Coming Down from the Mountain

This past week, we drove for eleven straight hours to get to Colorado for a brief vacation. When vacations start, especially with three littles, I am usually not very relaxed. Bags have to be packed, laundry washed, kids and favorite blankets accounted for... and then there is the long, grueling drive. But somewhere along the road in every trip, whether at hour three or ten, I feel the transformation in me begin. The stress of work and the mess that has piled up at home and the deadlines and the bills... it starts to all melt away. Gradually. Then more quickly. And then, almost suddenly, I feel completely at peace. Fittingly for today’s Gospel passage, the peace arrived this time somewhere along the slow climb of our minivan up the side of a mountain. The peace came and lingered as we played and enjoyed the crisp air and the walks in a nature foreign to our own at home. Then, as quick as it had come, the peace and tranquility of our mini-vacation threatened to disappear as we were back in the car, rolling slowly down the mountainside.

As I reflected on today’s Gospel passage, I wondered about the part not mentioned - the part that explained what the apostles felt coming down from the mountain. They had not just seen but felt deep inside serious emotion during the transformation that had just occurred at the top. I imagined they walked silently down, almost reverently, wondering if they’d be able to hold onto even a thread of the feelings they were having, feelings that they couldn’t quite explain... the feelings that took hold of their hearts the moment their friend stood before them in dazzling white. Even while still up on the mountain, Peter had tried to hold fast to these feelings asking the Lord for permission to build three tents. Like him, I too wanted to place a tent over my family this past week and keep us held in these moments of beauty and peace. But Peter, John, and James had to come down and we did too... because there was more to do. There was more impact for all of us to make, more dreams to pursue, more valuable work to be done back with our feet stably on the ground.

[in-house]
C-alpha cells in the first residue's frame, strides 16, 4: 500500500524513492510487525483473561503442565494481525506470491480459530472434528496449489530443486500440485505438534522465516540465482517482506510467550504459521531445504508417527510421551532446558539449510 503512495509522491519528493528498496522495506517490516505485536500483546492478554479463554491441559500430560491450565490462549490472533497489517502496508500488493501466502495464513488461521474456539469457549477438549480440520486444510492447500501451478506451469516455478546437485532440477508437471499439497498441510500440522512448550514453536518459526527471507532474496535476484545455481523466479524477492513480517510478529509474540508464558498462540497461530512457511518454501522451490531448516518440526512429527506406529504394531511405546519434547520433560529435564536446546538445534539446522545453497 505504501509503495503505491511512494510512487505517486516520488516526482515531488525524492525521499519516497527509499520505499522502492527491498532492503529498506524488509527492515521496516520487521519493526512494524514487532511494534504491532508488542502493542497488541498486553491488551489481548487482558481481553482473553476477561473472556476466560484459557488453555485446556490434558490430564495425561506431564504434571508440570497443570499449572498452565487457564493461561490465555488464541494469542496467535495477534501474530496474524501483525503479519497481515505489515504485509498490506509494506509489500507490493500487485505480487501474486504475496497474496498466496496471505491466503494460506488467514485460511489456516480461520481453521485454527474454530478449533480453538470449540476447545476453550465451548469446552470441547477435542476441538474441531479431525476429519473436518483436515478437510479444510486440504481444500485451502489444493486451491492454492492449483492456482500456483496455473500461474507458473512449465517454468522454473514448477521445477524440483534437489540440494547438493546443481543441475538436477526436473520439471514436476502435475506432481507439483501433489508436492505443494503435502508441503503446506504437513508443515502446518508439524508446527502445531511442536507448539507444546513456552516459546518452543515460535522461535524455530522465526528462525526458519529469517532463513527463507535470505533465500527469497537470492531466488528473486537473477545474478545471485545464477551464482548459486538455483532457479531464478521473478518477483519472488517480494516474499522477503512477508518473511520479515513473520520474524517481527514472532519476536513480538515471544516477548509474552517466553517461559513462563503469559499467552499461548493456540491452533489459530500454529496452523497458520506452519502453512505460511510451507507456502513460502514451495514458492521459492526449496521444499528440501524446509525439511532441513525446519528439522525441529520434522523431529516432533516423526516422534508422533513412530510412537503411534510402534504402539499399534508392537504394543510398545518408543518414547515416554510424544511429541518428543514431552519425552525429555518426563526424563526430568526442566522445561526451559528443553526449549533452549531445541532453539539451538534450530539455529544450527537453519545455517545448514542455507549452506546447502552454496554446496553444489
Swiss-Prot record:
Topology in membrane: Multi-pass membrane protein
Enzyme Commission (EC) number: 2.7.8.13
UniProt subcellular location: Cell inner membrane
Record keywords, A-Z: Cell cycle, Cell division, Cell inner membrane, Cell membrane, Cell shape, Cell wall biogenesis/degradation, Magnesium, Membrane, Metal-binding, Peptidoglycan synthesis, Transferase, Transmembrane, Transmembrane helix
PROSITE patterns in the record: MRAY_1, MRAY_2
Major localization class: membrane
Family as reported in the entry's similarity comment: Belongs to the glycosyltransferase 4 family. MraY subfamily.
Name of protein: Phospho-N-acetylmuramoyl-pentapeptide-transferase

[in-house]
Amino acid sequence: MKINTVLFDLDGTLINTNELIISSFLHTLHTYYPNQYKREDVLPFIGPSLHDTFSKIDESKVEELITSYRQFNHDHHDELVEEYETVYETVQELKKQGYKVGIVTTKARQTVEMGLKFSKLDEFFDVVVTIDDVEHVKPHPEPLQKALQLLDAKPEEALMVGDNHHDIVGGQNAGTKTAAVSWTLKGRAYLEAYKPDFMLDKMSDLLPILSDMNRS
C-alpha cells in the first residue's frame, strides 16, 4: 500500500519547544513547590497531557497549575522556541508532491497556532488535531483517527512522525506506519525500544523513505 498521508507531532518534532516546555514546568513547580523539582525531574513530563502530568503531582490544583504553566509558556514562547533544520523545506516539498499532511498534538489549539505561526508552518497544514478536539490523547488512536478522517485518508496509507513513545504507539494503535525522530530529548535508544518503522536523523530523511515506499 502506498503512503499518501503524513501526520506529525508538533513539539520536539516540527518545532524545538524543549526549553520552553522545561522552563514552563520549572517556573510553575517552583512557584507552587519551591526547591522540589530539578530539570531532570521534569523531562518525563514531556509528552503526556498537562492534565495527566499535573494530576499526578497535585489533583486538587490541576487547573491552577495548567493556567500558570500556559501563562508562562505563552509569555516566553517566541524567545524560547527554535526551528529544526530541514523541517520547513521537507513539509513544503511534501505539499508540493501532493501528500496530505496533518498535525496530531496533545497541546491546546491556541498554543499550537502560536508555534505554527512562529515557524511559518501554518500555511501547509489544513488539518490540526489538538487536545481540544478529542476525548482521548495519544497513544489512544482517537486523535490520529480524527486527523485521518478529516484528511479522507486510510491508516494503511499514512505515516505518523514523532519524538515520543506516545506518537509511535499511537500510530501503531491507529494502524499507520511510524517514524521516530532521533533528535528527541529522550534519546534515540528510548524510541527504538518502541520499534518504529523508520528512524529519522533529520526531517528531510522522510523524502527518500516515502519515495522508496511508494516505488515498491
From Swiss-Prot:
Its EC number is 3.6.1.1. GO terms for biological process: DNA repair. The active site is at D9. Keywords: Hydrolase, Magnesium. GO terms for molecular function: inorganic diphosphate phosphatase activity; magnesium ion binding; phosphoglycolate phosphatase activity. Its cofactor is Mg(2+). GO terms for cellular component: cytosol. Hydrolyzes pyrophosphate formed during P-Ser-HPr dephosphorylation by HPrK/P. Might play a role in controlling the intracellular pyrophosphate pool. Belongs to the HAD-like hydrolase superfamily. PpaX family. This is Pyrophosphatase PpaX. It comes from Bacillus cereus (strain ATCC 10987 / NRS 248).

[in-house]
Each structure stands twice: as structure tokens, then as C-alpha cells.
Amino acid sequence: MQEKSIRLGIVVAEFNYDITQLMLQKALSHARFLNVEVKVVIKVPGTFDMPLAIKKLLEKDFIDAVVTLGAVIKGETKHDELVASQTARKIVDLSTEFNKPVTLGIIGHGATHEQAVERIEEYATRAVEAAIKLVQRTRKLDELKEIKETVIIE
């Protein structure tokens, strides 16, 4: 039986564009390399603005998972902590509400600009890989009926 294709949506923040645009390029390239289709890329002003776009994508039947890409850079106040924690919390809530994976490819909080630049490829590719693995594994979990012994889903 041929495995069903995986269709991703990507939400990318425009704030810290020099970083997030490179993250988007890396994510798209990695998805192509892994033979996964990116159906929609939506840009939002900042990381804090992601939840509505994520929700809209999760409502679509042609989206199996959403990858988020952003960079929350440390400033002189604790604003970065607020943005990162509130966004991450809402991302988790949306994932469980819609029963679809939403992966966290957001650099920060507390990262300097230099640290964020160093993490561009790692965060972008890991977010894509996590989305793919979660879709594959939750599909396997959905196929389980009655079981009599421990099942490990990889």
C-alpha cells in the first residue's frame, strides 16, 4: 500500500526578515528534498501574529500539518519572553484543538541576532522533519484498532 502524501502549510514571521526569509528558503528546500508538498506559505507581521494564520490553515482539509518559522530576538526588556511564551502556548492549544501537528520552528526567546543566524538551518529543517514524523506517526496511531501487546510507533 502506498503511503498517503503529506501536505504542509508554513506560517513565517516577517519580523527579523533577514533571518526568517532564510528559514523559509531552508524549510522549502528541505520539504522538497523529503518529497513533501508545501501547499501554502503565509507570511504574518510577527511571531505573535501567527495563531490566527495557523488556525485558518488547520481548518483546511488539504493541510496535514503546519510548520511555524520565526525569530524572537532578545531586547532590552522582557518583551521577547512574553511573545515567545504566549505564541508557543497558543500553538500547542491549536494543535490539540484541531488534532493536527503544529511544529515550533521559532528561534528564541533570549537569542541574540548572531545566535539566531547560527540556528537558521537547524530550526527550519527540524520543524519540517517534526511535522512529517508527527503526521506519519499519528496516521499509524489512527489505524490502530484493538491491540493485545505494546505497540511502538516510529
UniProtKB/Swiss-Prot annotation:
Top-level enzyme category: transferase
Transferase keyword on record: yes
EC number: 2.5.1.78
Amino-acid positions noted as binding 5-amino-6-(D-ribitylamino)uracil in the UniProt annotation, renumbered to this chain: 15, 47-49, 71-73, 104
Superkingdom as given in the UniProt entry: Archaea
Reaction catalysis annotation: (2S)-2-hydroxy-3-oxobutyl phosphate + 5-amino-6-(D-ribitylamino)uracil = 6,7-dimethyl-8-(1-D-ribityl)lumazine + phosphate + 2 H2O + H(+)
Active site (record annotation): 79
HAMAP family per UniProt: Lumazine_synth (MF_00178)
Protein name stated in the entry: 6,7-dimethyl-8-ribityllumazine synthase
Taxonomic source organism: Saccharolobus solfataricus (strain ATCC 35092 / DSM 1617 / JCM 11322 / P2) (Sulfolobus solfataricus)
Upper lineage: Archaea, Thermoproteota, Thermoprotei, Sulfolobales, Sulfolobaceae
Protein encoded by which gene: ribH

Re-entry after a vacation or a retreat or a profound moment of transformation with the Lord can be so hard.

So how do we hold onto these moments of tangible encounter with God, hold onto the beauty of these moments and use what we have felt in the core of who we are to re-enter the world with passion, joy, and hope? I think the answer has a lot to do with how we let theses transformations affect us. Do they change our day or do they change our hearts?

And so it is with this season we are in right now. Will we let the transformation that is possible in Lent change our March and our April? Or will we instead internalize its impact and let it change our hearts in a more permanent fashion?

Author: Gretchen Crowder, Director of Campus Ministry


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